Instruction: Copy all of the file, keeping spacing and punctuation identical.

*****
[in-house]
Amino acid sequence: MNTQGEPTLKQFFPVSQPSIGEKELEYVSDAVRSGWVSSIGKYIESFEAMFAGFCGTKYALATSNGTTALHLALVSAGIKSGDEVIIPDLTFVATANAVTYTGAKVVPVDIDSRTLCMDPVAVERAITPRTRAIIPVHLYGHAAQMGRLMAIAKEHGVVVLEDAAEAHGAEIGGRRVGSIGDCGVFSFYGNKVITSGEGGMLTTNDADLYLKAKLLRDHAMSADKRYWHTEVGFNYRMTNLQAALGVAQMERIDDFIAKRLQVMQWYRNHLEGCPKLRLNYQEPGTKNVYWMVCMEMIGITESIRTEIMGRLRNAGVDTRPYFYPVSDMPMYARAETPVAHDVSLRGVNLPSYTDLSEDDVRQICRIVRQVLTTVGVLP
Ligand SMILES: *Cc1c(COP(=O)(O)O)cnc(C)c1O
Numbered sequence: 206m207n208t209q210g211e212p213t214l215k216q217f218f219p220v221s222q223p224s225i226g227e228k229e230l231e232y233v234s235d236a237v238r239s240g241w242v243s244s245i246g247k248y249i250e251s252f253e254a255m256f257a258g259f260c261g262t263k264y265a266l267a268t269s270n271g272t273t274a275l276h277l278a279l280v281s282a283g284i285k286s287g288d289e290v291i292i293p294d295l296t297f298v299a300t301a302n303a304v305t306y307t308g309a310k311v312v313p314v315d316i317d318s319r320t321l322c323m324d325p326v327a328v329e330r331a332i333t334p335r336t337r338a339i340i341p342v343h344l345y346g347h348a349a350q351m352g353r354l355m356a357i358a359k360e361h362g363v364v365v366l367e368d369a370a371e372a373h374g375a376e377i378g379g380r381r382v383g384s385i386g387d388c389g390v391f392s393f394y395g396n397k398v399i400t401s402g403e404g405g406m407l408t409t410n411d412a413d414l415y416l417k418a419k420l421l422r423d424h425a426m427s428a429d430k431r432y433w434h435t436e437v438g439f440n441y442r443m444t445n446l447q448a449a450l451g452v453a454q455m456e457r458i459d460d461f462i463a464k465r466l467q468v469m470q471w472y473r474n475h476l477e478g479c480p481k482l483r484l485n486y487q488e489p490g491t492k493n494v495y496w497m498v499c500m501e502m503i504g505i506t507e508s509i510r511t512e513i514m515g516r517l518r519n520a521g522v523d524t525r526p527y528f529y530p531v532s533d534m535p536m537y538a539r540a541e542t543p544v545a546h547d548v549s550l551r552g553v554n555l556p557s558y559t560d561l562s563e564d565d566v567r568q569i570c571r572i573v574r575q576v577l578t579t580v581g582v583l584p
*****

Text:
[in-house]
Amino acid sequence: MNTQGEPTLKQFFPVSQPSIGEKELEYVSDAVRSGWVSSIGKYIESFEAMFAGFCGTKYALATSNGTTALHLALVSAGIKSGDEVIIPDLTFVATANAVTYTGAKVVPVDIDSRTLCMDPVAVERAITPRTRAIIPVHLYGHAAQMGRLMAIAKEHGVVVLEDAAEAHGAEIGGRRVGSIGDCGVFSFYGNKVITSGEGGMLTTNDADLYLKAKLLRDHAMSADKRYWHTEVGFNYRMTNLQAALGVAQMERIDDFIAKRLQVMQWYRNHLEGCPKLRLNYQEPGTKNVYWMVCMEMIGITESIRTEIMGRLRNAGVDTRPYFYPVSDMPMYARAETPVAHDVSLRGVNLPSYTDLSEDDVRQICRIVRQVLTTVGVLP
Ligand SMILES: *Cc1c(COP(=O)(O)O)cnc(C)c1O
Numbered sequence: 206m207n208t209q210g211e212p213t214l215k216q217f218f219p220v221s222q223p224s225i226g227e228k229e230l231e232y233v234s235d236a237v238r239s240g241w242v243s244s245i246g247k248y249i250e251s252f253e254a255m256f257a258g259f260c261g262t263k264y265a266l267a268t269s270n271g272t273t274a275l276h277l278a279l280v281s282a283g284i285k286s287g288d289e290v291i292i293p294d295l296t297f298v299a300t301a302n303a304v305t306y307t308g309a310k311v312v313p314v315d316i317d318s319r320t321l322c323m324d325p326v327a328v329e330r331a332i333t334p335r336t337r338a339i340i341p342v343h344l345y346g347h348a349a350q351m352g353r354l355m356a357i358a359k360e361h362g363v364v365v366l367e368d369a370a371e372a373h374g375a376e377i378g379g380r381r382v383g384s385i386g387d388c389g390v391f392s393f394y395g396n397k398v399i400t401s402g403e404g405g406m407l408t409t410n411d412a413d414l415y416l417k418a419k420l421l422r423d424h425a426m427s428a429d430k431r432y433w434h435t436e437v438g439f440n441y442r443m444t445n446l447q448a449a450l451g452v453a454q455m456e457r458i459d460d461f462i463a464k465r466l467q468v469m470q471w472y473r474n475h476l477e478g479c480p481k482l483r484l485n486y487q488e489p490g491t492k493n494v495y496w497m498v499c500m501e502m503i504g505i506t507e508s509i510r511t512e513i514m515g516r517l518r519n520a521g522v523d524t525r526p527y528f529y530p531v532s533d534m535p536m537y538a539r540a541e542t543p544v545a546h547d548v549s550l551r552g553v554n555l556p557s558y559t560d561l562s563e564d565d566v567r568q569i570c571r572i573v574r575q576v577l578t579t580v581g582v583l584p